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I am a little confused by what you mean when you say "functions as modules", this makes me think of the Standard ML module system and functors in particular. A function being a function which takes a module as an argument and returns a new module. Is this what you are refering too? If not then I am totally confused by your use of the word "module". Please expand.

This is one part where I think it is essential to take a step back and forget everything you know about any programming languages you have learned.

The problem here is that both module and function are highly overloaded concepts. Sometimes modules are building blocks as in other engineering disciplines, sometimes they are an abstraction mechanism, sometimes they are a particular way in your programming language to encapsulate functionality, ... Similarly functions could be procedures, methods, subroutines, lambda expressions, or mathematical functions (which could be mappings or relations), or what have you. Let's forget all about that, too.

Actually, let's give a new name for the concept.

Let gob have the following meaning: Any particular functionally sensible piece of program text that has a well-defined interface through which it can be used and with which it can be connected to other gobs.

Given this meaning, a computer program is a gob: it accepts some input and produces some output. (If you want, the input and output can be partially or completely the global state of the machine.) A computer program can be connected to other gobs through its input and output.

A class in object-oriented programming is a gob: the well-defined interface is the public methods, and these are used when connecting the class to other classes (gobs).

A module in, say, Perl, is a gob: whether it is object-oriented, functional, or a collection of procedures, it has some interface through which it can be used. The interface can again be used to connect it to other gobs.

A function/routine/subroutine/procedure is a gob: the interface to a function is the parameters it accepts (the input) and the return values (the output). (If you want, it may also partially affect the (global) state of the machine, i.e. work through side-effects.) The interface can, again, be used to connect this gob to other gobs.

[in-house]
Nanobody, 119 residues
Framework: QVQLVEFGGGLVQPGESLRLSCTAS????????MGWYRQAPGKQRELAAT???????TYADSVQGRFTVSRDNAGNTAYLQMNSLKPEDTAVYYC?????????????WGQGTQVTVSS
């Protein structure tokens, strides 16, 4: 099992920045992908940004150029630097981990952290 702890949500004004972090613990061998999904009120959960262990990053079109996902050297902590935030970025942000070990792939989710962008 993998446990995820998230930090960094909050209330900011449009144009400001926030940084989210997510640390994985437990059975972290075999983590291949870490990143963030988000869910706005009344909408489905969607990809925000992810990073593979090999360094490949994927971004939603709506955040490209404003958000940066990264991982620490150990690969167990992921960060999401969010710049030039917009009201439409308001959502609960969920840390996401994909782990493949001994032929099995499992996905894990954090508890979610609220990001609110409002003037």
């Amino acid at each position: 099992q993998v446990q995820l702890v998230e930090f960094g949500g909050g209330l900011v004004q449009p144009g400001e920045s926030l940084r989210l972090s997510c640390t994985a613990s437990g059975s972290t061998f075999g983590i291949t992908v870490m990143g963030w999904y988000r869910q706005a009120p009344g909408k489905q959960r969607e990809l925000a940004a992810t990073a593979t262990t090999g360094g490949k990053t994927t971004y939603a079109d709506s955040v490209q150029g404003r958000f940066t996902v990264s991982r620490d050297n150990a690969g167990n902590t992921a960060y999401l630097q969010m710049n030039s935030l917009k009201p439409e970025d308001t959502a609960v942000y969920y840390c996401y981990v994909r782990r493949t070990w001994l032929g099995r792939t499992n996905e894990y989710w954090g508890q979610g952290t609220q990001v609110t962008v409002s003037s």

This is what I mean. At a very high level, all current programming paradigms let you create gobs and pass gobs as parameters to other gobs. How gobs are implemented in your particular programming language is not relevant; the concept is! Gob is the quintessential Lego block of programming, if you want.

Suppose you have that small statistical analysis framework. One gob abstracts the control: it takes in data in some form, processes the data chunk by chunk by giving it to another gob (supplied by user), which returns a value, and the value is given to a third gob (supplied by user) along with the ID number of the data chunk. The user provides such a pair of gobs that they work well together (the latter understands the output format of the former), and the framework is completely agnostic to what kind of data these two gobs pass around; it just connects the gobs together and provides them with small pieces of data.

How you might implement this could be with three classes: one for control, another for data analysis, and a third for data collection or plotting.

Or you could implement the control as a function that takes two closures as parameters.

Or you could implement the control as a function that takes two objects as parameters.

Or...

In a word, this is what I mean with gob.

(As an aside, gob is an actual word.)

--
print "Just Another Perl Adept\n";


In reply to Re^4: I dislike object-oriented programming in general by w-ber
in thread I dislike object-oriented programming in general by w-ber

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